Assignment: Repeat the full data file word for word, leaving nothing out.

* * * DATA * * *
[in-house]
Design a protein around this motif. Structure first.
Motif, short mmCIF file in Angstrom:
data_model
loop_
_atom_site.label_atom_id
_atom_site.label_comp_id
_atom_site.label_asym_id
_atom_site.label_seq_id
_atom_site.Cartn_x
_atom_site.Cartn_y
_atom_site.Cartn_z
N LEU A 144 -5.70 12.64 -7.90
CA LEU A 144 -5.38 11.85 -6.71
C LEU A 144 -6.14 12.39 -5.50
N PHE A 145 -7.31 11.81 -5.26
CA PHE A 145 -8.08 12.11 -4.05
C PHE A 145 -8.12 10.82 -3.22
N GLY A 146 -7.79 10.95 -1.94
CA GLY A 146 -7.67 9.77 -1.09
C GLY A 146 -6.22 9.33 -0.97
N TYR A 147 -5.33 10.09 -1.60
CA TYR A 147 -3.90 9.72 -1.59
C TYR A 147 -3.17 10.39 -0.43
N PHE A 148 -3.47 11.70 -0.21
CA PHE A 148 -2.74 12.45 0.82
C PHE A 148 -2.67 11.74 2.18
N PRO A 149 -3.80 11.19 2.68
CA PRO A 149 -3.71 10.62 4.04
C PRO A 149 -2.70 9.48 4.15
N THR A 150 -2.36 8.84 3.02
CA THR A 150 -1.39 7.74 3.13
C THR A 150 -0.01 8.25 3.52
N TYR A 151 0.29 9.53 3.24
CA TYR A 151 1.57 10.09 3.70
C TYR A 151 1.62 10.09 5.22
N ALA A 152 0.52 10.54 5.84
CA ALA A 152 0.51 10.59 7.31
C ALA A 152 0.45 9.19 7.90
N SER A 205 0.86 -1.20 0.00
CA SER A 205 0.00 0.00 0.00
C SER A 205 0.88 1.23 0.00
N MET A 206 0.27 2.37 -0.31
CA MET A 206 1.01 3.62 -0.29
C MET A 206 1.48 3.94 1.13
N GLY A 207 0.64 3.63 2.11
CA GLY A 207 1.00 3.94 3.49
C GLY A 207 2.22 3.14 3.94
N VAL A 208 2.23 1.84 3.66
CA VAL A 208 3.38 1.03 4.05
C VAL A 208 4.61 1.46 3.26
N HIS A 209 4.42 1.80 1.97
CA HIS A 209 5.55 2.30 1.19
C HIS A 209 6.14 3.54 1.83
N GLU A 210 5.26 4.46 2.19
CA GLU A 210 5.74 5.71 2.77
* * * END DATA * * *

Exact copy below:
[in-house]
Design a protein around this motif. Structure first.
Motif, short mmCIF file in Angstrom:
data_model
loop_
_atom_site.label_atom_id
_atom_site.label_comp_id
_atom_site.label_asym_id
_atom_site.label_seq_id
_atom_site.Cartn_x
_atom_site.Cartn_y
_atom_site.Cartn_z
N LEU A 144 -5.70 12.64 -7.90
CA LEU A 144 -5.38 11.85 -6.71
C LEU A 144 -6.14 12.39 -5.50
N PHE A 145 -7.31 11.81 -5.26
CA PHE A 145 -8.08 12.11 -4.05
C PHE A 145 -8.12 10.82 -3.22
N GLY A 146 -7.79 10.95 -1.94
CA GLY A 146 -7.67 9.77 -1.09
C GLY A 146 -6.22 9.33 -0.97
N TYR A 147 -5.33 10.09 -1.60
CA TYR A 147 -3.90 9.72 -1.59
C TYR A 147 -3.17 10.39 -0.43
N PHE A 148 -3.47 11.70 -0.21
CA PHE A 148 -2.74 12.45 0.82
C PHE A 148 -2.67 11.74 2.18
N PRO A 149 -3.80 11.19 2.68
CA PRO A 149 -3.71 10.62 4.04
C PRO A 149 -2.70 9.48 4.15
N THR A 150 -2.36 8.84 3.02
CA THR A 150 -1.39 7.74 3.13
C THR A 150 -0.01 8.25 3.52
N TYR A 151 0.29 9.53 3.24
CA TYR A 151 1.57 10.09 3.70
C TYR A 151 1.62 10.09 5.22
N ALA A 152 0.52 10.54 5.84
CA ALA A 152 0.51 10.59 7.31
C ALA A 152 0.45 9.19 7.90
N SER A 205 0.86 -1.20 0.00
CA SER A 205 0.00 0.00 0.00
C SER A 205 0.88 1.23 0.00
N MET A 206 0.27 2.37 -0.31
CA MET A 206 1.01 3.62 -0.29
C MET A 206 1.48 3.94 1.13
N GLY A 207 0.64 3.63 2.11
CA GLY A 207 1.00 3.94 3.49
C GLY A 207 2.22 3.14 3.94
N VAL A 208 2.23 1.84 3.66
CA VAL A 208 3.38 1.03 4.05
C VAL A 208 4.61 1.46 3.26
N HIS A 209 4.42 1.80 1.97
CA HIS A 209 5.55 2.30 1.19
C HIS A 209 6.14 3.54 1.83
N GLU A 210 5.26 4.46 2.19
CA GLU A 210 5.74 5.71 2.77